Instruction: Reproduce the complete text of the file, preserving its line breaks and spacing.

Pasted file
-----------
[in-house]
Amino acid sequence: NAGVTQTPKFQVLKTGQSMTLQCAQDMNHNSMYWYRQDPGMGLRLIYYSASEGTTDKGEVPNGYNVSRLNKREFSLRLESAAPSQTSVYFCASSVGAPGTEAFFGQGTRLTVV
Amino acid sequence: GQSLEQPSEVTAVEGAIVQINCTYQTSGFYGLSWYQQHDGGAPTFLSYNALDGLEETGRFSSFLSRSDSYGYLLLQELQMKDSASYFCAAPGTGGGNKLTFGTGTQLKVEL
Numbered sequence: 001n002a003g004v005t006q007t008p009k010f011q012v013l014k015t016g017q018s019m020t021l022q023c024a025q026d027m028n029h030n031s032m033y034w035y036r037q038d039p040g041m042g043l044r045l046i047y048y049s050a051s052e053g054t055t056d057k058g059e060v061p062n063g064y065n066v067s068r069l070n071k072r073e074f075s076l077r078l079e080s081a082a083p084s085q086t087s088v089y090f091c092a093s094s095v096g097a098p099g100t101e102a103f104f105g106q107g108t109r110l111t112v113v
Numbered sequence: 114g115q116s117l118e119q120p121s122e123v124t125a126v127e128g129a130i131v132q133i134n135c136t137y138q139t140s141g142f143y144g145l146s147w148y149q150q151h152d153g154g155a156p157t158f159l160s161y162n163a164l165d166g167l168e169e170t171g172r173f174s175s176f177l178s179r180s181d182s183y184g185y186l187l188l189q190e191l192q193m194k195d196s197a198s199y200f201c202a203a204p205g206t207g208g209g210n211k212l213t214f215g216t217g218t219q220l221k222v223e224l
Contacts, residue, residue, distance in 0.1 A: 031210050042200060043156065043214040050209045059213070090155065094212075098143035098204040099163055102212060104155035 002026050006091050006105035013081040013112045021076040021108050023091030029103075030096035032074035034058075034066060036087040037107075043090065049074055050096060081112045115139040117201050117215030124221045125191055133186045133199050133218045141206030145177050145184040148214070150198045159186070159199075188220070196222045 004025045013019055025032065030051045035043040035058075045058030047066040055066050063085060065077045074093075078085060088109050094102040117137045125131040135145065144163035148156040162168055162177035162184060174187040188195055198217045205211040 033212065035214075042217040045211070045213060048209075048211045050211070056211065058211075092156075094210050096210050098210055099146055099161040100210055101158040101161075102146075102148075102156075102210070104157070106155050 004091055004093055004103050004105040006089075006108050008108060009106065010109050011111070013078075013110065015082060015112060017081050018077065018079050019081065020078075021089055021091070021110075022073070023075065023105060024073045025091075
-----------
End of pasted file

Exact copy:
[in-house]
Amino acid sequence: NAGVTQTPKFQVLKTGQSMTLQCAQDMNHNSMYWYRQDPGMGLRLIYYSASEGTTDKGEVPNGYNVSRLNKREFSLRLESAAPSQTSVYFCASSVGAPGTEAFFGQGTRLTVV
Amino acid sequence: GQSLEQPSEVTAVEGAIVQINCTYQTSGFYGLSWYQQHDGGAPTFLSYNALDGLEETGRFSSFLSRSDSYGYLLLQELQMKDSASYFCAAPGTGGGNKLTFGTGTQLKVEL
Numbered sequence: 001n002a003g004v005t006q007t008p009k010f011q012v013l014k015t016g017q018s019m020t021l022q023c024a025q026d027m028n029h030n031s032m033y034w035y036r037q038d039p040g041m042g043l044r045l046i047y048y049s050a051s052e053g054t055t056d057k058g059e060v061p062n063g064y065n066v067s068r069l070n071k072r073e074f075s076l077r078l079e080s081a082a083p084s085q086t087s088v089y090f091c092a093s094s095v096g097a098p099g100t101e102a103f104f105g106q107g108t109r110l111t112v113v
Numbered sequence: 114g115q116s117l118e119q120p121s122e123v124t125a126v127e128g129a130i131v132q133i134n135c136t137y138q139t140s141g142f143y144g145l146s147w148y149q150q151h152d153g154g155a156p157t158f159l160s161y162n163a164l165d166g167l168e169e170t171g172r173f174s175s176f177l178s179r180s181d182s183y184g185y186l187l188l189q190e191l192q193m194k195d196s197a198s199y200f201c202a203a204p205g206t207g208g209g210n211k212l213t214f215g216t217g218t219q220l221k222v223e224l
Contacts, residue, residue, distance in 0.1 A: 031210050042200060043156065043214040050209045059213070090155065094212075098143035098204040099163055102212060104155035 002026050006091050006105035013081040013112045021076040021108050023091030029103075030096035032074035034058075034066060036087040037107075043090065049074055050096060081112045115139040117201050117215030124221045125191055133186045133199050133218045141206030145177050145184040148214070150198045159186070159199075188220070196222045 004025045013019055025032065030051045035043040035058075045058030047066040055066050063085060065077045074093075078085060088109050094102040117137045125131040135145065144163035148156040162168055162177035162184060174187040188195055198217045205211040 033212065035214075042217040045211070045213060048209075048211045050211070056211065058211075092156075094210050096210050098210055099146055099161040100210055101158040101161075102146075102148075102156075102210070104157070106155050 004091055004093055004103050004105040006089075006108050008108060009106065010109050011111070013078075013110065015082060015112060017081050018077065018079050019081065020078075021089055021091070021110075022073070023075065023105060024073045025091075